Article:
New religious movementdenomination, church, or body. Some sociological observers prefer the term to the pejorative term of "cult." Most cults and some sects are NRMs. Eileen Barker, who is influential in this field, uses the adjective new in this context when the movement started after World War II and new for a certain culture. For example, ISKCON/ the Hare Krishnass is generally considered an NRM in the west because it is new to western culture, but it is not considered an NRM in India, where the Gaudiya Vaishnava sect of Hinduism that formed the basis for ISKCON has existed since the 17th century.
Examples of new religious movements might include:
- Neo-Paganism, in which followers seek to revert back to the pre-Christian earth and nature worship of Western Europe.
- Eclectic combinatory movements, such as Celestialism and Theosophy, which posit concordant elements to all religions.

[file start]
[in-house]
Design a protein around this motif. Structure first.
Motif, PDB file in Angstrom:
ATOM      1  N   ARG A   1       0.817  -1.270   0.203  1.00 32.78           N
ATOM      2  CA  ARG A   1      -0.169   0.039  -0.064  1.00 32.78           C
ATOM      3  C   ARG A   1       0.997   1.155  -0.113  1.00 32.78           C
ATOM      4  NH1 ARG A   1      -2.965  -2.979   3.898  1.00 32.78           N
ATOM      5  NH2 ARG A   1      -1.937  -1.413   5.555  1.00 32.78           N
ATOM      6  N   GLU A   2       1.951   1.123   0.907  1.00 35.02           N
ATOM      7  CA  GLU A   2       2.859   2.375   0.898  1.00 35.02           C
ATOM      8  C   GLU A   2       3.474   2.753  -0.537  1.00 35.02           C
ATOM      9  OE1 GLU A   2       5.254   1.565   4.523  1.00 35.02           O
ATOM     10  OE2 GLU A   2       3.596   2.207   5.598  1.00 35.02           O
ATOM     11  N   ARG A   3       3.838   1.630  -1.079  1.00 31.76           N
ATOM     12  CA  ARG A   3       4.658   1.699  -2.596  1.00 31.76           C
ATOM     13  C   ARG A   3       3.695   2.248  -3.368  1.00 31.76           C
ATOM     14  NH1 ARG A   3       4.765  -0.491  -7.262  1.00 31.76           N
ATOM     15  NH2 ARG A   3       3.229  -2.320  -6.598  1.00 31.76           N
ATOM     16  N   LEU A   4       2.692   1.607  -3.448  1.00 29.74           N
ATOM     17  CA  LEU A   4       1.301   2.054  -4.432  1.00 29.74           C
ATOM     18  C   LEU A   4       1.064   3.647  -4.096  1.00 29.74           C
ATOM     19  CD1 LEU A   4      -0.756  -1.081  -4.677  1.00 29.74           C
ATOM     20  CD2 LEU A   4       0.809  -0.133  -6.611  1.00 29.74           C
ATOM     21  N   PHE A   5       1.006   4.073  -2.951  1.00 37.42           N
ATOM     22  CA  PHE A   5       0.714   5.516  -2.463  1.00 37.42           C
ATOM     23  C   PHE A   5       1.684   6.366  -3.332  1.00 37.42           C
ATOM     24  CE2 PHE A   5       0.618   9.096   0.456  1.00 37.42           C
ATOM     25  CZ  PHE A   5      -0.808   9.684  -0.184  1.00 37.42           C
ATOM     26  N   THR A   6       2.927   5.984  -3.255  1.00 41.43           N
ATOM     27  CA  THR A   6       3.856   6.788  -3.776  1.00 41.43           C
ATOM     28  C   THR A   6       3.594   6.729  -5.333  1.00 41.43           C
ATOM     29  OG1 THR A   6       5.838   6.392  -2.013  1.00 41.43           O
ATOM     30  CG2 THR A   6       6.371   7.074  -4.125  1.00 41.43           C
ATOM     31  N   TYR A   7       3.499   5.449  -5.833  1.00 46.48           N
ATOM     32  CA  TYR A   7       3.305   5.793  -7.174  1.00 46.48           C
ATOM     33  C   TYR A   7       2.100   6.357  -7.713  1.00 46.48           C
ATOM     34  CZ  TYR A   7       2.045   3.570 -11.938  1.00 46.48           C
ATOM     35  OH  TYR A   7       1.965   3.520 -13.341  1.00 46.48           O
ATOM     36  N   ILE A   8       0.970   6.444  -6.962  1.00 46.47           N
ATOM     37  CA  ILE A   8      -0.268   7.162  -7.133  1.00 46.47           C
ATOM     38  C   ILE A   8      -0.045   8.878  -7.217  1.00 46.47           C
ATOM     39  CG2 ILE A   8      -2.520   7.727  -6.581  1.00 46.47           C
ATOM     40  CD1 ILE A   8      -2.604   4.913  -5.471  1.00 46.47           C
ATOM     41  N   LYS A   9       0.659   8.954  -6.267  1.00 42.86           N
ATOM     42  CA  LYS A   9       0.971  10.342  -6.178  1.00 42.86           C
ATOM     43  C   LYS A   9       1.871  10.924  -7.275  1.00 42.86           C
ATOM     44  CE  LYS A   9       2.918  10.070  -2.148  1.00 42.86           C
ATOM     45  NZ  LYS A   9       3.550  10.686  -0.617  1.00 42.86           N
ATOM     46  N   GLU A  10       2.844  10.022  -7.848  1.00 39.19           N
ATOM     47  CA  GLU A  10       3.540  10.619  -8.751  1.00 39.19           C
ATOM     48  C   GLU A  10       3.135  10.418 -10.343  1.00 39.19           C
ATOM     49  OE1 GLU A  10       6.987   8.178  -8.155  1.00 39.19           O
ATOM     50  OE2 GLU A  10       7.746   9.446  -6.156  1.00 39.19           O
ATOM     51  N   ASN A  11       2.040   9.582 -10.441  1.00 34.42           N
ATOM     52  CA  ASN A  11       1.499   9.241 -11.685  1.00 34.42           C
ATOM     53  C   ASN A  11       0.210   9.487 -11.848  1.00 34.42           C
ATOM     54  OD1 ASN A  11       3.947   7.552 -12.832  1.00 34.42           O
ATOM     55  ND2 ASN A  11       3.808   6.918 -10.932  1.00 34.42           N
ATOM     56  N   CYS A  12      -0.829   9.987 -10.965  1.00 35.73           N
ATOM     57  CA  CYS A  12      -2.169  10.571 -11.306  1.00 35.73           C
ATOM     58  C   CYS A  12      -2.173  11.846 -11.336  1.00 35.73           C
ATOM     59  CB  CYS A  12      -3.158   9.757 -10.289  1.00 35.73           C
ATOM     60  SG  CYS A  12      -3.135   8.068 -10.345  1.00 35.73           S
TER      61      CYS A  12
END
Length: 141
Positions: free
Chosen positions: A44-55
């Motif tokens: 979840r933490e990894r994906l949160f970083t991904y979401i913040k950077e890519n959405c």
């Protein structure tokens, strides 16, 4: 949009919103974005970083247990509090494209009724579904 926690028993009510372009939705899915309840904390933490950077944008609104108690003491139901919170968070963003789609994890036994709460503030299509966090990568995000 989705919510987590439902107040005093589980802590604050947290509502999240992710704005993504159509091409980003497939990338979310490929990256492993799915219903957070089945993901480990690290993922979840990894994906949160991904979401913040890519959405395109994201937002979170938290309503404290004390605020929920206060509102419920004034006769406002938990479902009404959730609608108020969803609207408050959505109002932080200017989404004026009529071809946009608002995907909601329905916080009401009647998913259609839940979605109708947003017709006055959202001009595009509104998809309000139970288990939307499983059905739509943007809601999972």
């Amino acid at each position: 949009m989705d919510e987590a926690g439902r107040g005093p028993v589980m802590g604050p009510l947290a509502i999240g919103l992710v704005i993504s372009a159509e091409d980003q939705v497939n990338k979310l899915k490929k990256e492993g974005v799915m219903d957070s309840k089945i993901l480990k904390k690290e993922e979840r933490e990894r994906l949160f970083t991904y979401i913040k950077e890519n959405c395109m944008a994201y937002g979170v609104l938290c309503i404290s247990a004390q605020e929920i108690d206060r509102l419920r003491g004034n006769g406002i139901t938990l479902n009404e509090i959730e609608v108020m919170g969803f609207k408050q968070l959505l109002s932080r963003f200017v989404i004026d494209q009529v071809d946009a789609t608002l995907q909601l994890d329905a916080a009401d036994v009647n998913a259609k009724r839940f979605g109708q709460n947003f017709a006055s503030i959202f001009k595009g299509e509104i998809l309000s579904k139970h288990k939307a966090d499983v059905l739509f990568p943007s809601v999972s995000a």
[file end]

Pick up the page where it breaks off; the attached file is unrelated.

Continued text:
- New-World African hybrid religions, such as Rastafarianism, Voodoo or Vodun, and Santeria, which combine African naturalistic religions with Judeo-Christian traditions.
- Apologetics Index: research resources on cults, sects, and related issues. The publisher operates from an evangelical Christian point of view, but the site links to and presents a variety of viewpoints.
- ReligionNewsBlog.com Current news articles about religious cults, sects, and related issues.